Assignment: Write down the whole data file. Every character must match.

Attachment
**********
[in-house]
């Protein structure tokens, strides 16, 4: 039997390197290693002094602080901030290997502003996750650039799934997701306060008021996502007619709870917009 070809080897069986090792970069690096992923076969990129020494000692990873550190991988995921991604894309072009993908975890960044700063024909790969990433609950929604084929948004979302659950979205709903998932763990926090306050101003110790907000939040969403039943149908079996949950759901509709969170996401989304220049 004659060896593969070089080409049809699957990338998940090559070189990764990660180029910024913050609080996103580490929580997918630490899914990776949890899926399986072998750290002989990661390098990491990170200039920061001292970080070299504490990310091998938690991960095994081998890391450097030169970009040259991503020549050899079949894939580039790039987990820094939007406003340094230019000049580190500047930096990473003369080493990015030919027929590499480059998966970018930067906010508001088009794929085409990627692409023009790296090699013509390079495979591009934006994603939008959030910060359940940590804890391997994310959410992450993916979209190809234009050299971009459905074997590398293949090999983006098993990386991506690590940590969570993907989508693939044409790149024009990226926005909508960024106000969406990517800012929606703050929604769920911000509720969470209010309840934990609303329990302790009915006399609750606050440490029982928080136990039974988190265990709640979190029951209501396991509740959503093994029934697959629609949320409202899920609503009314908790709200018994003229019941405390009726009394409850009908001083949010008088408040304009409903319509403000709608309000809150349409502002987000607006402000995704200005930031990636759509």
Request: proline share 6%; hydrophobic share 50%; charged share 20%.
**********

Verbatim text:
[in-house]
């Protein structure tokens, strides 16, 4: 039997390197290693002094602080901030290997502003996750650039799934997701306060008021996502007619709870917009 070809080897069986090792970069690096992923076969990129020494000692990873550190991988995921991604894309072009993908975890960044700063024909790969990433609950929604084929948004979302659950979205709903998932763990926090306050101003110790907000939040969403039943149908079996949950759901509709969170996401989304220049 004659060896593969070089080409049809699957990338998940090559070189990764990660180029910024913050609080996103580490929580997918630490899914990776949890899926399986072998750290002989990661390098990491990170200039920061001292970080070299504490990310091998938690991960095994081998890391450097030169970009040259991503020549050899079949894939580039790039987990820094939007406003340094230019000049580190500047930096990473003369080493990015030919027929590499480059998966970018930067906010508001088009794929085409990627692409023009790296090699013509390079495979591009934006994603939008959030910060359940940590804890391997994310959410992450993916979209190809234009050299971009459905074997590398293949090999983006098993990386991506690590940590969570993907989508693939044409790149024009990226926005909508960024106000969406990517800012929606703050929604769920911000509720969470209010309840934990609303329990302790009915006399609750606050440490029982928080136990039974988190265990709640979190029951209501396991509740959503093994029934697959629609949320409202899920609503009314908790709200018994003229019941405390009726009394409850009908001083949010008088408040304009409903319509403000709608309000809150349409502002987000607006402000995704200005930031990636759509």
Request: proline share 6%; hydrophobic share 50%; charged share 20%.